There are quite a few fine episodes during the run. “My Dinner with Woody” when Maya thinks she’s going out with Woody Allen and discovers it’s an impersonator. But Woody did make a semi-cameo in the episode so it’s not a cheat. “”Puppetmaster” has Maya dating French Stewart (Third Rock from the Sun. Turns out the child tv host is incorporating his adult life into the action. Maya is not happy. “The Odd Couple” has Bob Odenkirk (Better Call Saul play Finch’s old classmate. “A&E Biography: Nina Van Horn” goes into the stories of the famed supermodel in the wild ’70s. “Brandi, You’re a Fine Girl” wants us to believe that Jenny McCarthy was once a man. Finch is torn since he knew her when. “The Auction” has Finch hire Lucy Lawless (Xena) to be his date for a charity event. “Erlene and Boo” has Brooke Shield guest star as someone’s sister. “Finch in the Dogg House” has him hired to be the assistant to a certain rapper. Can he really hang with such a character? “Slow Donnie” is golden as Elliot’s brother (David Cross) visits. Elliot swears he has mental issues. Maya thinks Donnie is faking it for sympathy. This was the show’s big catchphrase moment with “Chicken Pot, Chicken Pot, Chicken Pot Pie!” But Larry in accounting never repeated it like “yadda yadda.”

Just Shoot Me! during its network run was a fun show to watch because didn’t completely play by network rules. The characters enjoyed their vices or at least fondly missed them. Nina drank as much as Dean Martin did on the air in the ’70s. The guy characters had no problem be rather lecherous in their desires although they did eventually learn a lesson. There’s a feeling that broadcast networks wouldn’t sign off on several of these scripts if it aired this Fall. The characters were as colorful as the front cover of Blush. Just Shoot Me! was always entertaining even if it was a bit of a chore to figure out when it was on.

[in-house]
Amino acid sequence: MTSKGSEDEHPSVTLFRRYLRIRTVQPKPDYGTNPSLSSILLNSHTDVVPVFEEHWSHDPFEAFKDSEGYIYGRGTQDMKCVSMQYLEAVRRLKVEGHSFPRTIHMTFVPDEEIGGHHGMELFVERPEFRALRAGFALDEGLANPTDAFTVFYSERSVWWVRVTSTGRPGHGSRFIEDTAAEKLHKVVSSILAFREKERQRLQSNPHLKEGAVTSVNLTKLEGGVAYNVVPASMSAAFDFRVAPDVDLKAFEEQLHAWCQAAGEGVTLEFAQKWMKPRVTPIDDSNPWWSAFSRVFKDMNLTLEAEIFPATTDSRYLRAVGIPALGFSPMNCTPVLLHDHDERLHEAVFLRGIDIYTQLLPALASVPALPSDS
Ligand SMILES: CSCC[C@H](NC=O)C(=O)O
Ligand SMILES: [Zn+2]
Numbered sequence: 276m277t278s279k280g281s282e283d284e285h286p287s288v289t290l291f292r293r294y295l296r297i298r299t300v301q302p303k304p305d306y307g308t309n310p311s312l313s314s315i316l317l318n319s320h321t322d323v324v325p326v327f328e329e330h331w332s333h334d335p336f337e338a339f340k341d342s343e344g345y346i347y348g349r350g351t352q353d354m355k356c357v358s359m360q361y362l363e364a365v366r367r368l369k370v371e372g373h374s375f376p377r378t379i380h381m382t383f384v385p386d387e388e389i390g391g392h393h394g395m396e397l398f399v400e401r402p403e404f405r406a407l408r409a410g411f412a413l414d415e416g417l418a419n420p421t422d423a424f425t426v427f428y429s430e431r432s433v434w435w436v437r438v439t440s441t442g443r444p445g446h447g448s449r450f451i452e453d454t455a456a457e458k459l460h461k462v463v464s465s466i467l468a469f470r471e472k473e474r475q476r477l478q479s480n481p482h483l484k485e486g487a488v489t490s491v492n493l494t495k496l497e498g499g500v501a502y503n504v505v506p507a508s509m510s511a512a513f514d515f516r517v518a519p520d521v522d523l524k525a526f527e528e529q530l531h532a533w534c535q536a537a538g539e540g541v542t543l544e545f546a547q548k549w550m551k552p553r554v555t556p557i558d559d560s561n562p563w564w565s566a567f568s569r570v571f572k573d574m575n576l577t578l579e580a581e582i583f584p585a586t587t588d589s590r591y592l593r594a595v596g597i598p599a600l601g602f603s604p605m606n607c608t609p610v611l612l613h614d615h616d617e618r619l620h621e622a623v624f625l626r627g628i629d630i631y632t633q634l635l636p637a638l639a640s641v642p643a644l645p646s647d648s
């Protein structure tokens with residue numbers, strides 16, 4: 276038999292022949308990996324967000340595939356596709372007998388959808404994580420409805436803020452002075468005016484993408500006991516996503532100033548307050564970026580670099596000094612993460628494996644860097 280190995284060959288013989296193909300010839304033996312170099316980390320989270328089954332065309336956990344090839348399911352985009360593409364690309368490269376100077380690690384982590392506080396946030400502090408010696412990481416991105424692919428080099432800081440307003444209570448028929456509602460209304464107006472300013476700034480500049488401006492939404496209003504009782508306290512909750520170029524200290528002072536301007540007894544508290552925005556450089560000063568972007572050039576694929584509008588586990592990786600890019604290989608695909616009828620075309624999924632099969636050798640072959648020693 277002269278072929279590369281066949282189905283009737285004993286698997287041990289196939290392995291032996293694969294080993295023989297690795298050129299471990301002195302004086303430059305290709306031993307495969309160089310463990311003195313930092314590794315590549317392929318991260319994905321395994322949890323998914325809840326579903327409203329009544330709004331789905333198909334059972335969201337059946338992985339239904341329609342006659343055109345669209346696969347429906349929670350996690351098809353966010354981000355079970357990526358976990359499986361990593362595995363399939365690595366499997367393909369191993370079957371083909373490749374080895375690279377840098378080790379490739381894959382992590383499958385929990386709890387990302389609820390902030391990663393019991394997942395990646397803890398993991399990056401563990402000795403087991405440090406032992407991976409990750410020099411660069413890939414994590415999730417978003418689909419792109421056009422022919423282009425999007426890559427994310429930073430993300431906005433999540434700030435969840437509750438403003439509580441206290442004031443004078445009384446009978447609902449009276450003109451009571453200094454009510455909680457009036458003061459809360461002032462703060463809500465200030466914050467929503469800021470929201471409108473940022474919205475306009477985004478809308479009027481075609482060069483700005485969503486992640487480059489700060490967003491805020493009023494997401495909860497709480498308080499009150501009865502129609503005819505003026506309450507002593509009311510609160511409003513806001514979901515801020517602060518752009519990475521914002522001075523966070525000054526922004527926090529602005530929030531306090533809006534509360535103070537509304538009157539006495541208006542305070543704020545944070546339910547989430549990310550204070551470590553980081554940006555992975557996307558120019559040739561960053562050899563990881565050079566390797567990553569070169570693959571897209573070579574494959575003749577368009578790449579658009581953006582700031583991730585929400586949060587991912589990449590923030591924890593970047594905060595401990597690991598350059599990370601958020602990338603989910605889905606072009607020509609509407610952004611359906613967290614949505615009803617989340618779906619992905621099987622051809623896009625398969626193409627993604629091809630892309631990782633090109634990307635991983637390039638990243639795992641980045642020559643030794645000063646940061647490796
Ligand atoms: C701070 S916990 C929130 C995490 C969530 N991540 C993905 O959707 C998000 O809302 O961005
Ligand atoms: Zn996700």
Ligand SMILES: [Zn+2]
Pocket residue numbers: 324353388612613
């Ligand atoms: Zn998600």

The video is 1.33:1 full frame. The transfer looks fine for a show shot on standard definition video at the turn of the century. The audio is Dolby Digital 2.0. The mix is good for hearing the snappy dialogue. The episodes are Closed Captioned.

Always In Fashion (26:43) is a conversation between creator Steven Levitan and his cast. David Spade feels like there were very few dud episodes. This is a major compliment from the star of Joe Dirt. Steven admits that he created the show based on a script idea he had for The Larry Sanders Show. He wanted Janeane Garofalo for the role. There is a clip of the original pilot that didn’t have Spade.

The Blush Covers Gallery has dozens of the fake magazines that tied the episodes together. This is a great feature if you’re one of the models that nailed the cover.

Audio Commentaries with Steven Levitan and writers on “Back Issues,” “Lemon Wacky Hello,” “King Lear Jet” and “My Dinner With Woody.”

Shout! Factory presents Just Shoot Me!: The Complete Series. Starring: Laura San Giacomo, George Segal, Wendie Malick, Enrico Colantoni, David Spade. Boxset Content: 148 episodes on 19 DVDs. Released: September 5, 2017.

Tags: , ,